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Is Negativity Online as Addictive as a Drug?

Whether it’s keeping up with the buzz on your favorite celebrity on TMZ or gossiping with friends on Facebook, the internet has become everyone’s number one source for everything, good and bad. But how much is too much? Has negativity online become as addicting as a drug?

Ever see something online, maybe an article or a video, that’s become popular but attracts negative attention? Well what is your first instinct? To check it out yourself. Then one thing leads to another and you’re posting mean comments right along with everyone else. But the most befuddling part about it all is that, even if you realize it’s harmful and you decide not to look anymore, a lot of the time you find yourself not being able to control yourself. Even if you know you won’t like what you see, you become addicted to knowing what’s on there and it becomes your drug.

The ABC Family movie Cyberbully is a good example. In the movie, the bullied teen Taylor couldn’t help herself from checking and seeing what people were saying about her despite the fact she knew it’d hurt her.
From my own personal experience recently, it was people posting mean and negative things about my favorite singer. That may sound silly, but it’s something a lot of people deal with when they’re dedicated to their favorite celebrity and haters speak out. Except this time, it was fellow fans doing the posting. Out of shock and opposition, I posted in defense, but eventually after reading too many hurtful comments, I decided to just not go on the website anymore. But that was easier said than done as I found myself wanting to keep going back and reading what people were saying.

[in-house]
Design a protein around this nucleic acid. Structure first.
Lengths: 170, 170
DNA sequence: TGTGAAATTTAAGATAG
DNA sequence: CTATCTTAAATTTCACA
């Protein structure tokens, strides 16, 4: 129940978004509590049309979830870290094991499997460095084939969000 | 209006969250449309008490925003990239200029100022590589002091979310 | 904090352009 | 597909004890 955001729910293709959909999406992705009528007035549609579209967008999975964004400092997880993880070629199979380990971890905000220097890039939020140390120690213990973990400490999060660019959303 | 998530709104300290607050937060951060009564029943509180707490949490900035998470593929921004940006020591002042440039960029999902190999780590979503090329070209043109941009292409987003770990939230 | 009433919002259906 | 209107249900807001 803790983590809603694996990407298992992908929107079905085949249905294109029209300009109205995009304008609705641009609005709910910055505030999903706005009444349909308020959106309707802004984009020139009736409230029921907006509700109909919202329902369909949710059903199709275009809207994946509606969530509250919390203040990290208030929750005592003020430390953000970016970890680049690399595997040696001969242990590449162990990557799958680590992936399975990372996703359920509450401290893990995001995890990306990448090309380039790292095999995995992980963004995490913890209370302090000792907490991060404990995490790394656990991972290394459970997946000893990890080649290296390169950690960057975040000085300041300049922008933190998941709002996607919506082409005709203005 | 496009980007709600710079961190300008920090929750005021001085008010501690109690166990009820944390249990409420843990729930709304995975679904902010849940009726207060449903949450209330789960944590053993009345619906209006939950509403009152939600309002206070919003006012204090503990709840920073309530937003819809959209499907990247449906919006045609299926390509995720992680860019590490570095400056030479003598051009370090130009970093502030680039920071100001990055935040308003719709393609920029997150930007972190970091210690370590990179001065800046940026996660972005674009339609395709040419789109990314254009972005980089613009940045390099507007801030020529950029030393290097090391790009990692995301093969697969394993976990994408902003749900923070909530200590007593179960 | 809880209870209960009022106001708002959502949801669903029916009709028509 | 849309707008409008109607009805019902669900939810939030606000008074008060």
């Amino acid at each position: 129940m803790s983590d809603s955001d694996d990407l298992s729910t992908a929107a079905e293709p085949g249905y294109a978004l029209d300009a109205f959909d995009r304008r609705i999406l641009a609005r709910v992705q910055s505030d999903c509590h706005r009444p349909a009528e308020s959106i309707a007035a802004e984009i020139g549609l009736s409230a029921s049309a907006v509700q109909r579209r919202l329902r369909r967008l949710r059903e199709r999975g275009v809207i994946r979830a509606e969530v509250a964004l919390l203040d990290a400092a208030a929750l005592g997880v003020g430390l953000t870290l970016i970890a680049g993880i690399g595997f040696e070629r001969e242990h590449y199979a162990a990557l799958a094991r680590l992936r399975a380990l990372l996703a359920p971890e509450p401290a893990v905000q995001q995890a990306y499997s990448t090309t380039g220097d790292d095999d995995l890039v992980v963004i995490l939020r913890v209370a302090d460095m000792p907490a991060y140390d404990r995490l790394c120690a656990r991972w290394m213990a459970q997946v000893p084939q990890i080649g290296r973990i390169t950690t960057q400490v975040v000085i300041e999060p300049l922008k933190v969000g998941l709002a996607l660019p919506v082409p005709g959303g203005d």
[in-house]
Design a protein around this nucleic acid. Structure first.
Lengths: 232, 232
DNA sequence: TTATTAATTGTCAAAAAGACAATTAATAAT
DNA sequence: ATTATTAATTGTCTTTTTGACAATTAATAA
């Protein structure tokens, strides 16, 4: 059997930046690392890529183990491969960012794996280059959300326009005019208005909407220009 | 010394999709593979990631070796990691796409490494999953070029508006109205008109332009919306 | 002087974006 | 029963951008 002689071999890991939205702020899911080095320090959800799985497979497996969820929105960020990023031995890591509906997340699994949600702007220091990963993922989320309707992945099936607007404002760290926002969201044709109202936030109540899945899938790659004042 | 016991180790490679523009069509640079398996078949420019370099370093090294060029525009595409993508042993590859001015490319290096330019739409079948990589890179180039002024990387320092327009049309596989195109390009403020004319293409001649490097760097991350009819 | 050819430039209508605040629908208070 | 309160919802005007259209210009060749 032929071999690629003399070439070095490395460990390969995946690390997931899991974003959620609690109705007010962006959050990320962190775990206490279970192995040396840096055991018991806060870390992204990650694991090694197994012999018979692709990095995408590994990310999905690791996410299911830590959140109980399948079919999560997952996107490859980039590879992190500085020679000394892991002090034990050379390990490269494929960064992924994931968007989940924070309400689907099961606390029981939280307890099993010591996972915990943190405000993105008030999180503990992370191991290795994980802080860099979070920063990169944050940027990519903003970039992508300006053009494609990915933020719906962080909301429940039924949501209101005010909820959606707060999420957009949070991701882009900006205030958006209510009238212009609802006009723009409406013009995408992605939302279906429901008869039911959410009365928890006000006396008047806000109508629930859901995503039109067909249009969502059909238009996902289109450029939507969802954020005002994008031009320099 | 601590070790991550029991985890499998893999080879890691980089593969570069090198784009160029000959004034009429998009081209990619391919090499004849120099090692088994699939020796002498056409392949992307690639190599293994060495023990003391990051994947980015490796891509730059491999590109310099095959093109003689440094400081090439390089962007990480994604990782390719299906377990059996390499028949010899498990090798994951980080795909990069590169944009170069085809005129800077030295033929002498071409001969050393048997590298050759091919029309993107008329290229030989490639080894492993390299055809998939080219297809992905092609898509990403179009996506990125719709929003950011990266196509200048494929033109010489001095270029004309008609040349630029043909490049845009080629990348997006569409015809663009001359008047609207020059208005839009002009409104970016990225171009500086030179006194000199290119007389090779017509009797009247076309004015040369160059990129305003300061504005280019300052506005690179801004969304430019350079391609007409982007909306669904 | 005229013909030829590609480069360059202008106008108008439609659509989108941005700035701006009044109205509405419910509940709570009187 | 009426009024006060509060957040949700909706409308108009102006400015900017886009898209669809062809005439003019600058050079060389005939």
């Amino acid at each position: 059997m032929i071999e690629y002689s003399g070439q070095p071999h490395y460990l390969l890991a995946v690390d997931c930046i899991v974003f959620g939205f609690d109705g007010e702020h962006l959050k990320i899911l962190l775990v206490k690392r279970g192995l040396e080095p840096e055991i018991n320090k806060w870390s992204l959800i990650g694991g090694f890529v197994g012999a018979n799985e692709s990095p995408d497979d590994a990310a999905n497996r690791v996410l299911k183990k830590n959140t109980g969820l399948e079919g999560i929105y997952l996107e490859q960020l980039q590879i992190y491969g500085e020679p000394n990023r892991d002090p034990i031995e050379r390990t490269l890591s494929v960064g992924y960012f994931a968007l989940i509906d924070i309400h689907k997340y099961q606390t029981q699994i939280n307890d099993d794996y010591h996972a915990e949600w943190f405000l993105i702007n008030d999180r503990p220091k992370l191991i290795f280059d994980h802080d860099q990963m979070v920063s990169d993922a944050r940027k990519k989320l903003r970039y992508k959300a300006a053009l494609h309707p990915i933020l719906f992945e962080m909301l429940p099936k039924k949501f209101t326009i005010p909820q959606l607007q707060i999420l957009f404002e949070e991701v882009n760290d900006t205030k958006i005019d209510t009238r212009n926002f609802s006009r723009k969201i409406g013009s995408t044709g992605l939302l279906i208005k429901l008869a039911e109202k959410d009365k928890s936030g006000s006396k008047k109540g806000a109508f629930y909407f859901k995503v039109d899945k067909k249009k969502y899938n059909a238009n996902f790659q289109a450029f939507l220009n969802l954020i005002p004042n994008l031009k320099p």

It turns into an addictive drug that becomes harder and harder to get off of. And unfortunately, it isn’t so easy to all out avoid it when you‘re online, as there will always be someone saying something negative. But over time, I realized it wasn’t doing myself any good by reading hurtful comments about someone that I care about from people who have succumb to the negativity and drama. There’s a line that’s drawn between defending someone and just avoiding the controversy, and I learned to take the high road and ignore it.

When it comes to the internet, as much as you feel like you can state your own opinion, at the same time you can’t. If you say how you feel, there will always be someone disagreeing, then eventually it turns into a battle between a group who agrees with you and a group that thinks differently and someone will always get hurt. But the sad truth is, people will say what they want online. They don’t think about it, they just do it, no matter who it could hurt or insult. If you have a computer, you’ve seen it, or may have even succumb to it yourself. But the trick is to ignore it. Don’t give in and don’t take things to heart, just simply ignore it. I know from experience that it can be one of the hardest things to do as it is as addictive as a drug, but in the long run it’s the best thing to do.

If you’ve been dealing with negative, hurtful or insulting posts online that you can’t quite do anything about, here are some tips on how to get yourself off the “drug” and ignore it all:
* If an addicting site is saved in your bookmarks, delete the link. Out of sight, out of mind.
* Try and only go on positive websites where not much cyber contact is made.
* Try and take a break from the computer all together if possible to clear your mind.
* Remember to stay true to what you believe and never let any negative comments from other people change how you feel or who you are.



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An addict said...
Dec. 26, 2011 at 8:48 pm:
Excellent article. I became addicted to reading the comment sections on news articles in national newspapers etc. I even find myself skimming the article and skipping straight to the comments even though I know that I'm going to get annoyed by the often nasty, smug and 'know-it-all' comments, from self-professed and often bitter 'experts'. Of course there are always the aggreable comments too, but they're not usually the ones that stick. I've often stayed up until the early hours reading co... (more »)
 
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